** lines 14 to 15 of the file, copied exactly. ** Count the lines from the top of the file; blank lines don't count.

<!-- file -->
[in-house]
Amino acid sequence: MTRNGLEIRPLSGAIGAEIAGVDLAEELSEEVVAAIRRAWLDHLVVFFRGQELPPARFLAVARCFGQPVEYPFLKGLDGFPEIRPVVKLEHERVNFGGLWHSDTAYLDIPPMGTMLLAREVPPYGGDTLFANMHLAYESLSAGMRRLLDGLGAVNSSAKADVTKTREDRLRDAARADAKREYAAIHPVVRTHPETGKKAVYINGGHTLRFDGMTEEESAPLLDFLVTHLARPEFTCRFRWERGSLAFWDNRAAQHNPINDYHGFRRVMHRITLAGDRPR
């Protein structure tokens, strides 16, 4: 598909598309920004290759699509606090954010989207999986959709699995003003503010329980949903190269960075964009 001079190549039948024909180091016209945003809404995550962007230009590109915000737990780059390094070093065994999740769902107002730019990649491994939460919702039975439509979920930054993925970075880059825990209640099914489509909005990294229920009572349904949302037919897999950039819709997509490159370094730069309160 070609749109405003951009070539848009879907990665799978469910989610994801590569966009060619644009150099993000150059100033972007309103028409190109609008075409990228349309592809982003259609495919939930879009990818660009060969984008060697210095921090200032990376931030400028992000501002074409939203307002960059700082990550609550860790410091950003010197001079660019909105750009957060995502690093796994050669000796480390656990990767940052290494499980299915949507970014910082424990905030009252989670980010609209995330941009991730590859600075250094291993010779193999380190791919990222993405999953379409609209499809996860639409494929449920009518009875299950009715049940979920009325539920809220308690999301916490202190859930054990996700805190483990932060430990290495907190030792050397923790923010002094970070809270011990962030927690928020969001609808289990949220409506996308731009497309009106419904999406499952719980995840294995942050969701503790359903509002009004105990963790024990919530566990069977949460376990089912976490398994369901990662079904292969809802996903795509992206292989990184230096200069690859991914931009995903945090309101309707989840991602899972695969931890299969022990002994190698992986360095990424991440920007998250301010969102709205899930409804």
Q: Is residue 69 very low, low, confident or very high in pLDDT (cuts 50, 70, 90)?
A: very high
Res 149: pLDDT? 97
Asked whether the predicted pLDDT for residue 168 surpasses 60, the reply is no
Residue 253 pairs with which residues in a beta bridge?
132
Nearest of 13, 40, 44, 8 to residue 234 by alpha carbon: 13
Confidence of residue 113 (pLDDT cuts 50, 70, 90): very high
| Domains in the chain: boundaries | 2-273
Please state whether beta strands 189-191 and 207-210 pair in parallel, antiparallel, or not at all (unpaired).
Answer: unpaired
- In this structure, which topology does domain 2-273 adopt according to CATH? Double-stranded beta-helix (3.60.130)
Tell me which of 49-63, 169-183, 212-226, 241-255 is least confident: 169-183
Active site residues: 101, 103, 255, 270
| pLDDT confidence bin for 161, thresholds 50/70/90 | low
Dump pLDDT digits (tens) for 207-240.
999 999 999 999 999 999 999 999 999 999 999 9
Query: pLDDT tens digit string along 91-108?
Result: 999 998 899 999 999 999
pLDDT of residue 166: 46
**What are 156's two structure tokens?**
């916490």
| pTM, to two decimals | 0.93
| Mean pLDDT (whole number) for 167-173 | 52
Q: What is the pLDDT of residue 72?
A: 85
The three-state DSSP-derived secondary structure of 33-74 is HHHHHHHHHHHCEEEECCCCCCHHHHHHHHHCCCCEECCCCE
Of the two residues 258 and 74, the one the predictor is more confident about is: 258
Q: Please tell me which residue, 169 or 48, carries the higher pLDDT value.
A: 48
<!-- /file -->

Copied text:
Answer: unpaired
- In this structure, which topology does domain 2-273 adopt according to CATH? Double-stranded beta-helix (3.60.130)